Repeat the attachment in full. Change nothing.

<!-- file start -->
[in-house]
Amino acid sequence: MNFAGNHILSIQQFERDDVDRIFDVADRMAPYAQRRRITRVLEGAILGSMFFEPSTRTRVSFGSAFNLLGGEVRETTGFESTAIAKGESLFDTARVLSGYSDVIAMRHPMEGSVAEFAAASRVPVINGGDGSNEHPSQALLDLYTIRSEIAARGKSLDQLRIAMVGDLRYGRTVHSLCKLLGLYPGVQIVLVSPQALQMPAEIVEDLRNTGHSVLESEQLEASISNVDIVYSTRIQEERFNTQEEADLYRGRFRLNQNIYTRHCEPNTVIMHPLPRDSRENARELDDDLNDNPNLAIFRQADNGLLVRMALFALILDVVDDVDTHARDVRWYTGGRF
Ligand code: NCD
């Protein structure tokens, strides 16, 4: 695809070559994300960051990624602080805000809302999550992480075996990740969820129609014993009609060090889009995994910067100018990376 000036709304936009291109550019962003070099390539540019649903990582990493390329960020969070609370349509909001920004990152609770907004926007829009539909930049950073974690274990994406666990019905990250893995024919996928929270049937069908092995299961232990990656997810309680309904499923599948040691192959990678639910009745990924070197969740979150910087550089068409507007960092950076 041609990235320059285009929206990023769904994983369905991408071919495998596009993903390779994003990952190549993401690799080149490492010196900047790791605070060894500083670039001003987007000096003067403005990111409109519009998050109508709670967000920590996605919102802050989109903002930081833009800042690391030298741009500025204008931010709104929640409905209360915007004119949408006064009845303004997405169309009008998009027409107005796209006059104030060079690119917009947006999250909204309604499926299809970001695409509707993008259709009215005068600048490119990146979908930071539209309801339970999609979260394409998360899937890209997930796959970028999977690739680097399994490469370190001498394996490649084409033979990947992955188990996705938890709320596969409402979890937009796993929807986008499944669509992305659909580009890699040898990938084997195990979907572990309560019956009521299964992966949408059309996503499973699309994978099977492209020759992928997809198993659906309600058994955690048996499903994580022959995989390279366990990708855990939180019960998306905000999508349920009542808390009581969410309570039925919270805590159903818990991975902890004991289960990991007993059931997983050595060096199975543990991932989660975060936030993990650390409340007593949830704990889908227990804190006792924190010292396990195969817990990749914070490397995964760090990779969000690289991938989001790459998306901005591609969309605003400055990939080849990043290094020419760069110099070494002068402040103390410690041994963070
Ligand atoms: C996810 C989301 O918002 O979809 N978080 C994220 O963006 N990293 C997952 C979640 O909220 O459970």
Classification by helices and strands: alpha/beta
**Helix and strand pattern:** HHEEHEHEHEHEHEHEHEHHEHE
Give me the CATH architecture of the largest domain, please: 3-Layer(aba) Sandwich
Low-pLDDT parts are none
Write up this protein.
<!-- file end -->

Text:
[in-house]
Amino acid sequence: MNFAGNHILSIQQFERDDVDRIFDVADRMAPYAQRRRITRVLEGAILGSMFFEPSTRTRVSFGSAFNLLGGEVRETTGFESTAIAKGESLFDTARVLSGYSDVIAMRHPMEGSVAEFAAASRVPVINGGDGSNEHPSQALLDLYTIRSEIAARGKSLDQLRIAMVGDLRYGRTVHSLCKLLGLYPGVQIVLVSPQALQMPAEIVEDLRNTGHSVLESEQLEASISNVDIVYSTRIQEERFNTQEEADLYRGRFRLNQNIYTRHCEPNTVIMHPLPRDSRENARELDDDLNDNPNLAIFRQADNGLLVRMALFALILDVVDDVDTHARDVRWYTGGRF
Ligand code: NCD
């Protein structure tokens, strides 16, 4: 695809070559994300960051990624602080805000809302999550992480075996990740969820129609014993009609060090889009995994910067100018990376 000036709304936009291109550019962003070099390539540019649903990582990493390329960020969070609370349509909001920004990152609770907004926007829009539909930049950073974690274990994406666990019905990250893995024919996928929270049937069908092995299961232990990656997810309680309904499923599948040691192959990678639910009745990924070197969740979150910087550089068409507007960092950076 041609990235320059285009929206990023769904994983369905991408071919495998596009993903390779994003990952190549993401690799080149490492010196900047790791605070060894500083670039001003987007000096003067403005990111409109519009998050109508709670967000920590996605919102802050989109903002930081833009800042690391030298741009500025204008931010709104929640409905209360915007004119949408006064009845303004997405169309009008998009027409107005796209006059104030060079690119917009947006999250909204309604499926299809970001695409509707993008259709009215005068600048490119990146979908930071539209309801339970999609979260394409998360899937890209997930796959970028999977690739680097399994490469370190001498394996490649084409033979990947992955188990996705938890709320596969409402979890937009796993929807986008499944669509992305659909580009890699040898990938084997195990979907572990309560019956009521299964992966949408059309996503499973699309994978099977492209020759992928997809198993659906309600058994955690048996499903994580022959995989390279366990990708855990939180019960998306905000999508349920009542808390009581969410309570039925919270805590159903818990991975902890004991289960990991007993059931997983050595060096199975543990991932989660975060936030993990650390409340007593949830704990889908227990804190006792924190010292396990195969817990990749914070490397995964760090990779969000690289991938989001790459998306901005591609969309605003400055990939080849990043290094020419760069110099070494002068402040103390410690041994963070
Ligand atoms: C996810 C989301 O918002 O979809 N978080 C994220 O963006 N990293 C997952 C979640 O909220 O459970």
Classification by helices and strands: alpha/beta
**Helix and strand pattern:** HHEEHEHEHEHEHEHEHEHHEHE
Give me the CATH architecture of the largest domain, please: 3-Layer(aba) Sandwich
Low-pLDDT parts are none
Write up this protein.